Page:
Being a DIY investor is easy when all your accounts are tax-deferred. As the April 30 tax deadline approaches, pretty much all you need to do is gather your RRSP contribution slips. But if you have nonregistered accounts, things are more complicated, even if you’re a Couch Potato who uses ETFs and index funds.
To begin with, you need to report any income you received during the year. This part is relatively easy: in February or March you should receive a T3 slip that includes a breakdown of the type of income you’ve received from your mutual funds or ETFs: dividends, reinvested distributions, and interest income. Just enter these amounts in the appropriate boxes on your tax return and your software—or your accountant—does the rest.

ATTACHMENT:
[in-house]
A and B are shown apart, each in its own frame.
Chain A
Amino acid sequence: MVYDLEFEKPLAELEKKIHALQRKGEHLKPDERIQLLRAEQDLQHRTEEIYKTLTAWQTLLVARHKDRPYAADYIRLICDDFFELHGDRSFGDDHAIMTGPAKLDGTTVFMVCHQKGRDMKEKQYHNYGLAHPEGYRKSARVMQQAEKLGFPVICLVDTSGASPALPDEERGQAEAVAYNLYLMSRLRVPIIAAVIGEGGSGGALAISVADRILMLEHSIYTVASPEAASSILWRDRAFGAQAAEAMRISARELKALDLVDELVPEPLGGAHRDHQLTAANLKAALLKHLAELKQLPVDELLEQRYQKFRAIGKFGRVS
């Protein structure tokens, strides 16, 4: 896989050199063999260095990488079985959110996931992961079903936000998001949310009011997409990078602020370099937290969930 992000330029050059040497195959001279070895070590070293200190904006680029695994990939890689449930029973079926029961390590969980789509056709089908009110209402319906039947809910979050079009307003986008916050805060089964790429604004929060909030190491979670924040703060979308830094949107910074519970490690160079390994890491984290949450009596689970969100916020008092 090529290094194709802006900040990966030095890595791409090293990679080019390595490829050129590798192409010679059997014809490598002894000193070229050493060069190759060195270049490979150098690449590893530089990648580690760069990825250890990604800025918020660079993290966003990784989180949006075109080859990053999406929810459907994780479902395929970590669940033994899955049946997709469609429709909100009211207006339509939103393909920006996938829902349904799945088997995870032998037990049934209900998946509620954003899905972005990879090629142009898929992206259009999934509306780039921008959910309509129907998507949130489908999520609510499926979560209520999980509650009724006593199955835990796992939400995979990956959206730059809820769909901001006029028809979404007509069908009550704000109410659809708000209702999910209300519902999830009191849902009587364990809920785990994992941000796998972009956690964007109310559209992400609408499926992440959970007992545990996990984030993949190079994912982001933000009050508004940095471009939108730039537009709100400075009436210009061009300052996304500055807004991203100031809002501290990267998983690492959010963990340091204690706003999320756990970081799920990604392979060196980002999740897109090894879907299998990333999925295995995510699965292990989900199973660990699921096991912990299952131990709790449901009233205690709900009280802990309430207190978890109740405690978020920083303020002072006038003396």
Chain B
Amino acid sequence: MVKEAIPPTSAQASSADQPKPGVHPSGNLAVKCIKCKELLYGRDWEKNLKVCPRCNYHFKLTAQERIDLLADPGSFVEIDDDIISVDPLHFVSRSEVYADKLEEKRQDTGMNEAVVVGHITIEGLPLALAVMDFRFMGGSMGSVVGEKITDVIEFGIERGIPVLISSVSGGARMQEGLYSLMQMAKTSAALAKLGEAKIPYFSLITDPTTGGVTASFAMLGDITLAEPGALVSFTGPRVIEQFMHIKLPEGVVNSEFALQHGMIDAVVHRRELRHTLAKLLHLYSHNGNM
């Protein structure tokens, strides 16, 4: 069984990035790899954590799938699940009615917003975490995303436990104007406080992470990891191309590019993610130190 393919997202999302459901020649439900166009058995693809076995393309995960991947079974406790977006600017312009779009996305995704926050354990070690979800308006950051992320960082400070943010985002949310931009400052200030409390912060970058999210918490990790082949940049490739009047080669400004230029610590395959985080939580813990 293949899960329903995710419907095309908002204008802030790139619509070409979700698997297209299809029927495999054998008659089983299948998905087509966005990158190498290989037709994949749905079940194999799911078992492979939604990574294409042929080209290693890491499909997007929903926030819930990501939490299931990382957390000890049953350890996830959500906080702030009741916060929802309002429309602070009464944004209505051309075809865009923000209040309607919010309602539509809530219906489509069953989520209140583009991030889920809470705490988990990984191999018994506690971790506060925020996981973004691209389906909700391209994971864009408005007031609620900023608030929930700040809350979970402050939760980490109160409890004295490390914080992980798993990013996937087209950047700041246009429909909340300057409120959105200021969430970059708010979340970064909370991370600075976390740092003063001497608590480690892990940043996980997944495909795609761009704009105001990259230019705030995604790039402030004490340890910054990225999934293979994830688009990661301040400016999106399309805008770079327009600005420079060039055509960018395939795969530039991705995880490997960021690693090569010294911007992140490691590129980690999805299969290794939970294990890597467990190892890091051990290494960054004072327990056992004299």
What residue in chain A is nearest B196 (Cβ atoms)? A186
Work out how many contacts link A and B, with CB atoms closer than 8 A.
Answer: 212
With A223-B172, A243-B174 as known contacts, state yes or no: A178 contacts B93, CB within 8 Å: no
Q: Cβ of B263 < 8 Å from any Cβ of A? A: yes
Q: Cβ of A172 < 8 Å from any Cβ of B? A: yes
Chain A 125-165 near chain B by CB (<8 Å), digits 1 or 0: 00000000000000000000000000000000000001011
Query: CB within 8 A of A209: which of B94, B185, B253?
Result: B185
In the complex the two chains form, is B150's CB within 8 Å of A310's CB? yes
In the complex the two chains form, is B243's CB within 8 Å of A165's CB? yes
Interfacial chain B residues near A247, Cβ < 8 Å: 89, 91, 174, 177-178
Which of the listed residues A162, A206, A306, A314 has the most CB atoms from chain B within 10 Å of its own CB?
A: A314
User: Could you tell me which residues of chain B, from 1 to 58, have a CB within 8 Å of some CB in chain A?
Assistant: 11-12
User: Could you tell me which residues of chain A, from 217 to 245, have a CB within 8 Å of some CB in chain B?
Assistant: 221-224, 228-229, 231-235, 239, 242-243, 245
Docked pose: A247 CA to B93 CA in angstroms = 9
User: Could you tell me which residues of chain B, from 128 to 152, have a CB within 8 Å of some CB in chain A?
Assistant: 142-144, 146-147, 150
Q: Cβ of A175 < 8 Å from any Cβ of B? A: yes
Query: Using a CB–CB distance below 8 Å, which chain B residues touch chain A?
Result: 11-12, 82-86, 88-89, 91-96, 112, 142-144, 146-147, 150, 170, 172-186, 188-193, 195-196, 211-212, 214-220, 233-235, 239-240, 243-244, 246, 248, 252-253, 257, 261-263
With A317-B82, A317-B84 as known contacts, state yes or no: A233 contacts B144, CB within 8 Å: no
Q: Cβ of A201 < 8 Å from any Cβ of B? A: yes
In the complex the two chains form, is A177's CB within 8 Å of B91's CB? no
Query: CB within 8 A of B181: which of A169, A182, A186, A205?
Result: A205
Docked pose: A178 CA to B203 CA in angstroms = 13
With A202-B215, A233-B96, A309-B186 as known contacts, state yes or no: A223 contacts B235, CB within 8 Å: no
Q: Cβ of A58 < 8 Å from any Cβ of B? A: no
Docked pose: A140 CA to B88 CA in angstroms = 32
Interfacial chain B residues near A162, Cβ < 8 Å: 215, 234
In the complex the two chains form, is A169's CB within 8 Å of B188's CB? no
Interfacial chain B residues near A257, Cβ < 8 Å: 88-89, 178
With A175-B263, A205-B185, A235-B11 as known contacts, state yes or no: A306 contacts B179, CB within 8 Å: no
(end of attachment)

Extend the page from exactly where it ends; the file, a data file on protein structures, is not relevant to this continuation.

If you hold US-listed ETFs, you’ll receive a T5 slip from your brokerage: Box 15 contains the amount of foreign dividends you receive, and Box 16 will indicate the amount of foreign tax paid. Dividends from US and international companies are fully taxable as income, but you can recover the withholding tax by claiming the foreign tax credit on your return.
But there’s more to the story than simply reporting income.